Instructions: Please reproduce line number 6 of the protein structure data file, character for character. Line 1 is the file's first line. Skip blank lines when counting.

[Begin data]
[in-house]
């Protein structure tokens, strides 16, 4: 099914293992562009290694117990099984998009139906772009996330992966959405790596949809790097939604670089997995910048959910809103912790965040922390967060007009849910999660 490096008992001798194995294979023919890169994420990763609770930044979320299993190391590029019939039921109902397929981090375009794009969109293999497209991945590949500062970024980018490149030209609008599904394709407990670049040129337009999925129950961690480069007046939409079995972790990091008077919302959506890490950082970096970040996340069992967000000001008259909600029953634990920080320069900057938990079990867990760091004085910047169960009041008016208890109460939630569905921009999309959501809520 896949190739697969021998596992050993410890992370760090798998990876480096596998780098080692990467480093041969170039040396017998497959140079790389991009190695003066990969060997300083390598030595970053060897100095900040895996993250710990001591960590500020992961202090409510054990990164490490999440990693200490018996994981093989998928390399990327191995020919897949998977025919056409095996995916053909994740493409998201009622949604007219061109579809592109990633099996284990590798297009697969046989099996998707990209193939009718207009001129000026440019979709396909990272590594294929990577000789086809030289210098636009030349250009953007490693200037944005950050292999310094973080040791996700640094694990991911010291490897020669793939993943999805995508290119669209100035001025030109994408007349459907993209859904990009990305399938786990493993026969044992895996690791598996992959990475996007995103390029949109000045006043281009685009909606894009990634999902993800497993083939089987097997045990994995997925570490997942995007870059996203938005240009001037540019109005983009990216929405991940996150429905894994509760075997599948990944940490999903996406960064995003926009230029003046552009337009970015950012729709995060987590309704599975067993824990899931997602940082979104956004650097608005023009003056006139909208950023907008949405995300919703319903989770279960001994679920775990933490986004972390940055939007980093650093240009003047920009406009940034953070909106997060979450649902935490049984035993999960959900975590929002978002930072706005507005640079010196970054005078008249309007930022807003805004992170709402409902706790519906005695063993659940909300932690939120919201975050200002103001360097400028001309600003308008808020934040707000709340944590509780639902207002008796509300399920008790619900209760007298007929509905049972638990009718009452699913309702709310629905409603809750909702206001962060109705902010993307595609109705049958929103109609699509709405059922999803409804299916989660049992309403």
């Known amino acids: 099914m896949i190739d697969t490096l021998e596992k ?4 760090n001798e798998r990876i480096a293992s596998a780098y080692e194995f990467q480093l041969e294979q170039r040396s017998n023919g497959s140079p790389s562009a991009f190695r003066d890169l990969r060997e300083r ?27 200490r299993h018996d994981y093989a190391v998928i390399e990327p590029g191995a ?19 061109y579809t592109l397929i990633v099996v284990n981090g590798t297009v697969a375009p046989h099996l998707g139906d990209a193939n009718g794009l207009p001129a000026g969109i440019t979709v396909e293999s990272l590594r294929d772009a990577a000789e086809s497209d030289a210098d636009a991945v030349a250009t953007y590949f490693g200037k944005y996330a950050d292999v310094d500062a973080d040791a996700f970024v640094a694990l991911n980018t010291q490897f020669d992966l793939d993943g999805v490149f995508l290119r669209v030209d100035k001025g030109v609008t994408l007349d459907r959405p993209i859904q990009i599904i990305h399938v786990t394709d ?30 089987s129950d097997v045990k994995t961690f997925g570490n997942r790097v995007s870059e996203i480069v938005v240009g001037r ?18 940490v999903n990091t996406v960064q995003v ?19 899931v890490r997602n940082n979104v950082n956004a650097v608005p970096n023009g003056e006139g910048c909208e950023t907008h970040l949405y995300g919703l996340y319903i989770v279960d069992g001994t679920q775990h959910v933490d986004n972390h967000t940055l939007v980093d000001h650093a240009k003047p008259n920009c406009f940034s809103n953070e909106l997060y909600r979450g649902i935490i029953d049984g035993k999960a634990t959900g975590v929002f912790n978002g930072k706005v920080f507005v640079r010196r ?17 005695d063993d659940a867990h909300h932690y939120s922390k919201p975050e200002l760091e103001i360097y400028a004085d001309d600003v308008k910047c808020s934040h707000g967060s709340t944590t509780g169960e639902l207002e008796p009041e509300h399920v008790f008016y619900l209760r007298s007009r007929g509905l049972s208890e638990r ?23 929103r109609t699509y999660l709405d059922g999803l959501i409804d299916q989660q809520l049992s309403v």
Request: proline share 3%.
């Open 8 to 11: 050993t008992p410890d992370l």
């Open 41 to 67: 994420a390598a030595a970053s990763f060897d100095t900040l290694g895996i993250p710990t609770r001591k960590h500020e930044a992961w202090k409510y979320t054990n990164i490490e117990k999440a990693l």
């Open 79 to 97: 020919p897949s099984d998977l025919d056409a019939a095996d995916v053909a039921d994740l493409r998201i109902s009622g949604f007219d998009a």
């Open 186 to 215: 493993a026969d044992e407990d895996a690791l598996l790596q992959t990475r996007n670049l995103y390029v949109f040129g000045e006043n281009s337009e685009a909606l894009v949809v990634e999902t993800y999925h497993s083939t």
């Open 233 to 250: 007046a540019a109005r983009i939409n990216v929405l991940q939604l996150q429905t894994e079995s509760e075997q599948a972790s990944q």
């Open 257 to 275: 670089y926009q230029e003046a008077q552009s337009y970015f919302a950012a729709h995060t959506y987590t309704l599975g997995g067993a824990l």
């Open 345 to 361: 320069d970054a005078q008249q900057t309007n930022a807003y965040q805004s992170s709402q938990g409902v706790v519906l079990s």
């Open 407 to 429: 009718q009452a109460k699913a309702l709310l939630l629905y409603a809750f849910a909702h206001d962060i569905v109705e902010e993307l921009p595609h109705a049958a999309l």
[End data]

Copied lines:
């Open 41 to 67: 994420a390598a030595a970053s990763f060897d100095t900040l290694g895996i993250p710990t609770r001591k960590h500020e930044a992961w202090k409510y979320t054990n990164i490490e117990k999440a990693l």